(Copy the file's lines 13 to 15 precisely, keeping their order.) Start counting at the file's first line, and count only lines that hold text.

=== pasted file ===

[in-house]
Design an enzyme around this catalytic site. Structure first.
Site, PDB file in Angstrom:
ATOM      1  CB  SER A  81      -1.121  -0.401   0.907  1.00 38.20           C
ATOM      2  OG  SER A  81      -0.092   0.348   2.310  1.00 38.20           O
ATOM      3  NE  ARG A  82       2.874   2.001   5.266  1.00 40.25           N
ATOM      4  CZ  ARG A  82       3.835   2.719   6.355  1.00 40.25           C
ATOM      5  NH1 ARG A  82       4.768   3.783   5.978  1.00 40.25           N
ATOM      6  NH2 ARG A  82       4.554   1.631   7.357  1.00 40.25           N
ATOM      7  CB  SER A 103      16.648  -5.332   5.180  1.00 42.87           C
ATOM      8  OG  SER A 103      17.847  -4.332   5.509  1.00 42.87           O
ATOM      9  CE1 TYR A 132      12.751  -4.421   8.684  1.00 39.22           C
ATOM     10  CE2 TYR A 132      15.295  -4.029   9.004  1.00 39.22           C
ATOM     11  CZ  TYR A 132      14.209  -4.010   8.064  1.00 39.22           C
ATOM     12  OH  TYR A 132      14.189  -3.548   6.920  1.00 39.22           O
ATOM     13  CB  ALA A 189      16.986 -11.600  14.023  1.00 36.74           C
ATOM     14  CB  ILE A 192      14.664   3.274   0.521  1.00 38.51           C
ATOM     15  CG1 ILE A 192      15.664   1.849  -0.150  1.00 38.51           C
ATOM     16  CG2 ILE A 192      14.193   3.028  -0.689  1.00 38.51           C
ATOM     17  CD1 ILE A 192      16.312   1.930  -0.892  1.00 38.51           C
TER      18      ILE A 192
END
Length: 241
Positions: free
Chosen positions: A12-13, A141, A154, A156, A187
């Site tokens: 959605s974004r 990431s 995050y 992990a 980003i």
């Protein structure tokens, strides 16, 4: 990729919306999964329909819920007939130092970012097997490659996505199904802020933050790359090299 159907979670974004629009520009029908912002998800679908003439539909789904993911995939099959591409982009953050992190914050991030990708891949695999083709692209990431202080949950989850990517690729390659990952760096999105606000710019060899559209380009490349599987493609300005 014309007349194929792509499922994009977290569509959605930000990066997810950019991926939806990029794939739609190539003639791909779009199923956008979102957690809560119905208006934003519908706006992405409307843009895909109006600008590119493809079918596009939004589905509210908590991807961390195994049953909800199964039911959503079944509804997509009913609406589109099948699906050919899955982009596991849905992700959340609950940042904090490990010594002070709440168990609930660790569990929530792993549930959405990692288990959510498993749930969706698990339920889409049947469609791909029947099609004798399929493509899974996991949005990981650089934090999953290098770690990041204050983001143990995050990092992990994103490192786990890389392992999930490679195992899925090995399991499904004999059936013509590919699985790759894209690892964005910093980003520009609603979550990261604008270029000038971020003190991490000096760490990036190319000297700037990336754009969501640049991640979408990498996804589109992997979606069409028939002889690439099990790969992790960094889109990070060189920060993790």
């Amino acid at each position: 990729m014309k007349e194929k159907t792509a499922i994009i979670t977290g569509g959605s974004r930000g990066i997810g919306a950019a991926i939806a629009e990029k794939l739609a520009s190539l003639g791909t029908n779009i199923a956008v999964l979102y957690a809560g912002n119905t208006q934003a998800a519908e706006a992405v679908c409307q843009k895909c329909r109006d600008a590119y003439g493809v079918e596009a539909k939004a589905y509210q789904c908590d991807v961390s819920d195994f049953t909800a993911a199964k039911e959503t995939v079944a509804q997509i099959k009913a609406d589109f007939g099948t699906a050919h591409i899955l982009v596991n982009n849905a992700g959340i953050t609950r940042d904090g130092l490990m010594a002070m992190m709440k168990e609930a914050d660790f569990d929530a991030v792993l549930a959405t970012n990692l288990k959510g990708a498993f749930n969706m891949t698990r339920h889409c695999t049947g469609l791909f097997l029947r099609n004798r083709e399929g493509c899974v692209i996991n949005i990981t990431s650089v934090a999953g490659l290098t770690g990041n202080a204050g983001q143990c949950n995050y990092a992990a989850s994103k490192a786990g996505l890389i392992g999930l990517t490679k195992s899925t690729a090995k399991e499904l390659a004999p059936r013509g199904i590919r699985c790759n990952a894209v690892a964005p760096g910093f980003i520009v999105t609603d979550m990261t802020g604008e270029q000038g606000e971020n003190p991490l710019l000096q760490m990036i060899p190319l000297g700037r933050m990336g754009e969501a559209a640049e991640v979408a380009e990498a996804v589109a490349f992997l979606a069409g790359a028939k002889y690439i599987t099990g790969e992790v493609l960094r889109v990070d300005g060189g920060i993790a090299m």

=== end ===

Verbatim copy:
ATOM     10  CE2 TYR A 132      15.295  -4.029   9.004  1.00 39.22           C
ATOM     11  CZ  TYR A 132      14.209  -4.010   8.064  1.00 39.22           C
ATOM     12  OH  TYR A 132      14.189  -3.548   6.920  1.00 39.22           O